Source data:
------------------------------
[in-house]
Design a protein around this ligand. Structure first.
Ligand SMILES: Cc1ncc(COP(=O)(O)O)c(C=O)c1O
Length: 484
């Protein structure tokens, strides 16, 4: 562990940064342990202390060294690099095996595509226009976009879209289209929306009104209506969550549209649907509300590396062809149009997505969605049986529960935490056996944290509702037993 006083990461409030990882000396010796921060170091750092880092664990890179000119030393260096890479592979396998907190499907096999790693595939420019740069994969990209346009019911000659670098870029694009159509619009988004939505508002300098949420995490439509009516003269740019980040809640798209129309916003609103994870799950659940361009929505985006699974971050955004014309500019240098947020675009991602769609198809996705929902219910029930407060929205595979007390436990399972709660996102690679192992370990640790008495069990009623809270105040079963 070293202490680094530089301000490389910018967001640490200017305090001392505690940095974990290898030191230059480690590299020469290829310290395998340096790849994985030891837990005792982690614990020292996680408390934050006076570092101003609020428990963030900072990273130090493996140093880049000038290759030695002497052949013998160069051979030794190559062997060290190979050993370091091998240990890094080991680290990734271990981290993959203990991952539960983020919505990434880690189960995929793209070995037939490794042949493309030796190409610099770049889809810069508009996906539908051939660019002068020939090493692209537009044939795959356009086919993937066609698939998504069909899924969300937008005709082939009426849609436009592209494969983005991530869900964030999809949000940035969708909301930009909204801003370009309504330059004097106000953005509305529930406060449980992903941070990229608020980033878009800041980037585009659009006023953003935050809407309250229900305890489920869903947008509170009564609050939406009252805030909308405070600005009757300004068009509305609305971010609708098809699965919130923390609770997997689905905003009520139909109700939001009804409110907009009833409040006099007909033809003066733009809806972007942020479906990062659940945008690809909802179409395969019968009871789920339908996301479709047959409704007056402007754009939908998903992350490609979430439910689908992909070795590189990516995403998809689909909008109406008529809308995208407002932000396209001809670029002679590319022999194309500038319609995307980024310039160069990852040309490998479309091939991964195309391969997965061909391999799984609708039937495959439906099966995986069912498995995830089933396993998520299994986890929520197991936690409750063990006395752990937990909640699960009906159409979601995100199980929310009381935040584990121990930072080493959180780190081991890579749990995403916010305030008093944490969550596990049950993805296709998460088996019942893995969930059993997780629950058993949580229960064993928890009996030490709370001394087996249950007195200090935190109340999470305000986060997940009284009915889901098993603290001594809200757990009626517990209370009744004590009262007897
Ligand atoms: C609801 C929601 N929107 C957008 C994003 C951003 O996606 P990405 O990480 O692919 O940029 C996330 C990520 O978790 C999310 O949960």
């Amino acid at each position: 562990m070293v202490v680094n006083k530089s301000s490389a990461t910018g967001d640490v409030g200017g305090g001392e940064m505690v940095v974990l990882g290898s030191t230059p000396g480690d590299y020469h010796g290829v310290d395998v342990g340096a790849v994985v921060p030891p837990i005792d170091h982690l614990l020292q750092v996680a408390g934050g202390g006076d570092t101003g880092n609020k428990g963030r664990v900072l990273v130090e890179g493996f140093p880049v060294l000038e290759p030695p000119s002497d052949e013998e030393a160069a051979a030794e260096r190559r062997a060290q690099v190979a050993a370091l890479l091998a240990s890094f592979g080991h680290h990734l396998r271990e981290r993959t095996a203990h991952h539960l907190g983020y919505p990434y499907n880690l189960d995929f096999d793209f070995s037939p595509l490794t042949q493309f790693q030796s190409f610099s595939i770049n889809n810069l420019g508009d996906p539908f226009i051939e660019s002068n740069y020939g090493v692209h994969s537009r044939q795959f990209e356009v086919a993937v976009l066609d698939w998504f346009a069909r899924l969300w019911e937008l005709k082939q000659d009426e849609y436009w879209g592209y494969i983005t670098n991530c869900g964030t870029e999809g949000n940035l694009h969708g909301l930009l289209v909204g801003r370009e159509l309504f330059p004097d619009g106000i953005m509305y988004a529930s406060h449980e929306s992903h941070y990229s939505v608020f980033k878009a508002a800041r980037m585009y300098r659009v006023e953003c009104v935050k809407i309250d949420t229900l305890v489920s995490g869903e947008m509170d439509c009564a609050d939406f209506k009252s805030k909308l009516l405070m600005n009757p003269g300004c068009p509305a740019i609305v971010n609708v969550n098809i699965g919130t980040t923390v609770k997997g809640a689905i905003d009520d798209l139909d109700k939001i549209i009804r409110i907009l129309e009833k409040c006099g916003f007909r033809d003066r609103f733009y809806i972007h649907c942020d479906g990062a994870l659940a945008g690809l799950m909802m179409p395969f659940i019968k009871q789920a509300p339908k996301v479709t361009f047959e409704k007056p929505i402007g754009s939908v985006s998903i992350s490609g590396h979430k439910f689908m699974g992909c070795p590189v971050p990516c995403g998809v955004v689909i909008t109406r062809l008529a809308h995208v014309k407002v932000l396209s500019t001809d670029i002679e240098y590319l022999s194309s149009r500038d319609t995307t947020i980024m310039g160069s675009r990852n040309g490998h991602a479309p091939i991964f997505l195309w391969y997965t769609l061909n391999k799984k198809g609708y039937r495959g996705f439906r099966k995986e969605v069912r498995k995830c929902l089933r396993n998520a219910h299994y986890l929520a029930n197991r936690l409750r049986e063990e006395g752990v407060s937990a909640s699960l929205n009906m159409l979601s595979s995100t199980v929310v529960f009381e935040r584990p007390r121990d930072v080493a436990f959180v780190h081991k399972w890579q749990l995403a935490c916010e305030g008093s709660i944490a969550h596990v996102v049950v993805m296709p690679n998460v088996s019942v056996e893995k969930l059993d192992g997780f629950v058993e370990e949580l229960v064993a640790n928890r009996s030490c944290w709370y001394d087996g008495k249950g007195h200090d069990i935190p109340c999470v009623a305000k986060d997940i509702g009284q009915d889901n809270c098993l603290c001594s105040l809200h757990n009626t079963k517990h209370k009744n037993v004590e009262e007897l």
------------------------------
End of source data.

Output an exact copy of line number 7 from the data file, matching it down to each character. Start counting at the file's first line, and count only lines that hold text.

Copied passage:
């Amino acid at each position: 562990m070293v202490v680094n006083k530089s301000s490389a990461t910018g967001d640490v409030g200017g305090g001392e940064m505690v940095v974990l990882g290898s030191t230059p000396g480690d590299y020469h010796g290829v310290d395998v342990g340096a790849v994985v921060p030891p837990i005792d170091h982690l614990l020292q750092v996680a408390g934050g202390g006076d570092t101003g880092n609020k428990g963030r664990v900072l990273v130090e890179g493996f140093p880049v060294l000038e290759p030695p000119s002497d052949e013998e030393a160069a051979a030794e260096r190559r062997a060290q690099v190979a050993a370091l890479l091998a240990s890094f592979g080991h680290h990734l396998r271990e981290r993959t095996a203990h991952h539960l907190g983020y919505p990434y499907n880690l189960d995929f096999d793209f070995s037939p595509l490794t042949q493309f790693q030796s190409f610099s595939i770049n889809n810069l420019g508009d996906p539908f226009i051939e660019s002068n740069y020939g090493v692209h994969s537009r044939q795959f990209e356009v086919a993937v976009l066609d698939w998504f346009a069909r899924l969300w019911e937008l005709k082939q000659d009426e849609y436009w879209g592209y494969i983005t670098n991530c869900g964030t870029e999809g949000n940035l694009h969708g909301l930009l289209v909204g801003r370009e159509l309504f330059p004097d619009g106000i953005m509305y988004a529930s406060h449980e929306s992903h941070y990229s939505v608020f980033k878009a508002a800041r980037m585009y300098r659009v006023e953003c009104v935050k809407i309250d949420t229900l305890v489920s995490g869903e947008m509170d439509c009564a609050d939406f209506k009252s805030k909308l009516l405070m600005n009757p003269g300004c068009p509305a740019i609305v971010n609708v969550n098809i699965g919130t980040t923390v609770k997997g809640a689905i905003d009520d798209l139909d109700k939001i549209i009804r409110i907009l129309e009833k409040c006099g916003f007909r033809d003066r609103f733009y809806i972007h649907c942020d479906g990062a994870l659940a945008g690809l799950m909802m179409p395969f659940i019968k009871q789920a509300p339908k996301v479709t361009f047959e409704k007056p929505i402007g754009s939908v985006s998903i992350s490609g590396h979430k439910f689908m699974g992909c070795p590189v971050p990516c995403g998809v955004v689909i909008t109406r062809l008529a809308h995208v014309k407002v932000l396209s500019t001809d670029i002679e240098y590319l022999s194309s149009r500038d319609t995307t947020i980024m310039g160069s675009r990852n040309g490998h991602a479309p091939i991964f997505l195309w391969y997965t769609l061909n391999k799984k198809g609708y039937r495959g996705f439906r099966k995986e969605v069912r498995k995830c929902l089933r396993n998520a219910h299994y986890l929520a029930n197991r936690l409750r049986e063990e006395g752990v407060s937990a909640s699960l929205n009906m159409l979601s595979s995100t199980v929310v529960f009381e935040r584990p007390r121990d930072v080493a436990f959180v780190h081991k399972w890579q749990l995403a935490c916010e305030g008093s709660i944490a969550h596990v996102v049950v993805m296709p690679n998460v088996s019942v056996e893995k969930l059993d192992g997780f629950v058993e370990e949580l229960v064993a640790n928890r009996s030490c944290w709370y001394d087996g008495k249950g007195h200090d069990i935190p109340c999470v009623a305000k986060d997940i509702g009284q009915d889901n809270c098993l603290c001594s105040l809200h757990n009626t079963k517990h209370k009744n037993v004590e009262e007897l």